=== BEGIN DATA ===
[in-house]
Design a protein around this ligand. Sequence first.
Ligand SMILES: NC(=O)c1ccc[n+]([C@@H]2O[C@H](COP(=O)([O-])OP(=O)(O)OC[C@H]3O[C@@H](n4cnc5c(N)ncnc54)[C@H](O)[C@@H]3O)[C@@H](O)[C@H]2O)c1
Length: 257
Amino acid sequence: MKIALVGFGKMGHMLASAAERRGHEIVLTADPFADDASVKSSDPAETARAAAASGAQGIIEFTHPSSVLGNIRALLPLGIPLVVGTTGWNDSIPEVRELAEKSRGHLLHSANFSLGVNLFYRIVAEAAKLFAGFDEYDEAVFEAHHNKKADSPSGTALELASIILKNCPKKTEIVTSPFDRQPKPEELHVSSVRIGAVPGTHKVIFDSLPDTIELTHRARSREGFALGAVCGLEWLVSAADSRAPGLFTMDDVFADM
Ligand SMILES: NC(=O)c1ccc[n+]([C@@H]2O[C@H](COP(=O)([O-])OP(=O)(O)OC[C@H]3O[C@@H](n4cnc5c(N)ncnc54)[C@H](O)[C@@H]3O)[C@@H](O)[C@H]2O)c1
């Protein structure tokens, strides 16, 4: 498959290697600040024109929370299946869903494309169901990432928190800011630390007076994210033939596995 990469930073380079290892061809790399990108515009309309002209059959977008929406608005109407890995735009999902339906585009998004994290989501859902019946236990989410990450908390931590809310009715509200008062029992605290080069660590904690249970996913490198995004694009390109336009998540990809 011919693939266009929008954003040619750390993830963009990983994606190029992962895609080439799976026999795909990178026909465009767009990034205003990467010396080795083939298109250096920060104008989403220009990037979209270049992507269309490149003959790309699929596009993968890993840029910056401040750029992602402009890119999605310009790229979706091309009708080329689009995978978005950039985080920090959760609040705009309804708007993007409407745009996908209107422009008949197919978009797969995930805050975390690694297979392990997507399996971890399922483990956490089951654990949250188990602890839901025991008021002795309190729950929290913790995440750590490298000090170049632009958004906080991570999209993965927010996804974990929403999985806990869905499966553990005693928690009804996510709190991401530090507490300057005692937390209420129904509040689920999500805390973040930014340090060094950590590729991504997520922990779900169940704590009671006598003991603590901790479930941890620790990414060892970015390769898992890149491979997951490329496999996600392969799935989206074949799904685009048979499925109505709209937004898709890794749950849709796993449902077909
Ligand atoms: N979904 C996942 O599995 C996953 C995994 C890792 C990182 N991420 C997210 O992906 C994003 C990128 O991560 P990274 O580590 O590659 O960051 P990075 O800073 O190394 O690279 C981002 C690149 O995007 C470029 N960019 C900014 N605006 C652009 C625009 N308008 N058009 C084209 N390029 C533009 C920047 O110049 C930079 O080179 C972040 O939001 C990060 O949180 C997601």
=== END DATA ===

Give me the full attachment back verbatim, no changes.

[in-house]
Design a protein around this ligand. Sequence first.
Ligand SMILES: NC(=O)c1ccc[n+]([C@@H]2O[C@H](COP(=O)([O-])OP(=O)(O)OC[C@H]3O[C@@H](n4cnc5c(N)ncnc54)[C@H](O)[C@@H]3O)[C@@H](O)[C@H]2O)c1
Length: 257
Amino acid sequence: MKIALVGFGKMGHMLASAAERRGHEIVLTADPFADDASVKSSDPAETARAAAASGAQGIIEFTHPSSVLGNIRALLPLGIPLVVGTTGWNDSIPEVRELAEKSRGHLLHSANFSLGVNLFYRIVAEAAKLFAGFDEYDEAVFEAHHNKKADSPSGTALELASIILKNCPKKTEIVTSPFDRQPKPEELHVSSVRIGAVPGTHKVIFDSLPDTIELTHRARSREGFALGAVCGLEWLVSAADSRAPGLFTMDDVFADM
Ligand SMILES: NC(=O)c1ccc[n+]([C@@H]2O[C@H](COP(=O)([O-])OP(=O)(O)OC[C@H]3O[C@@H](n4cnc5c(N)ncnc54)[C@H](O)[C@@H]3O)[C@@H](O)[C@H]2O)c1
């Protein structure tokens, strides 16, 4: 498959290697600040024109929370299946869903494309169901990432928190800011630390007076994210033939596995 990469930073380079290892061809790399990108515009309309002209059959977008929406608005109407890995735009999902339906585009998004994290989501859902019946236990989410990450908390931590809310009715509200008062029992605290080069660590904690249970996913490198995004694009390109336009998540990809 011919693939266009929008954003040619750390993830963009990983994606190029992962895609080439799976026999795909990178026909465009767009990034205003990467010396080795083939298109250096920060104008989403220009990037979209270049992507269309490149003959790309699929596009993968890993840029910056401040750029992602402009890119999605310009790229979706091309009708080329689009995978978005950039985080920090959760609040705009309804708007993007409407745009996908209107422009008949197919978009797969995930805050975390690694297979392990997507399996971890399922483990956490089951654990949250188990602890839901025991008021002795309190729950929290913790995440750590490298000090170049632009958004906080991570999209993965927010996804974990929403999985806990869905499966553990005693928690009804996510709190991401530090507490300057005692937390209420129904509040689920999500805390973040930014340090060094950590590729991504997520922990779900169940704590009671006598003991603590901790479930941890620790990414060892970015390769898992890149491979997951490329496999996600392969799935989206074949799904685009048979499925109505709209937004898709890794749950849709796993449902077909
Ligand atoms: N979904 C996942 O599995 C996953 C995994 C890792 C990182 N991420 C997210 O992906 C994003 C990128 O991560 P990274 O580590 O590659 O960051 P990075 O800073 O190394 O690279 C981002 C690149 O995007 C470029 N960019 C900014 N605006 C652009 C625009 N308008 N058009 C084209 N390029 C533009 C920047 O110049 C930079 O080179 C972040 O939001 C990060 O949180 C997601």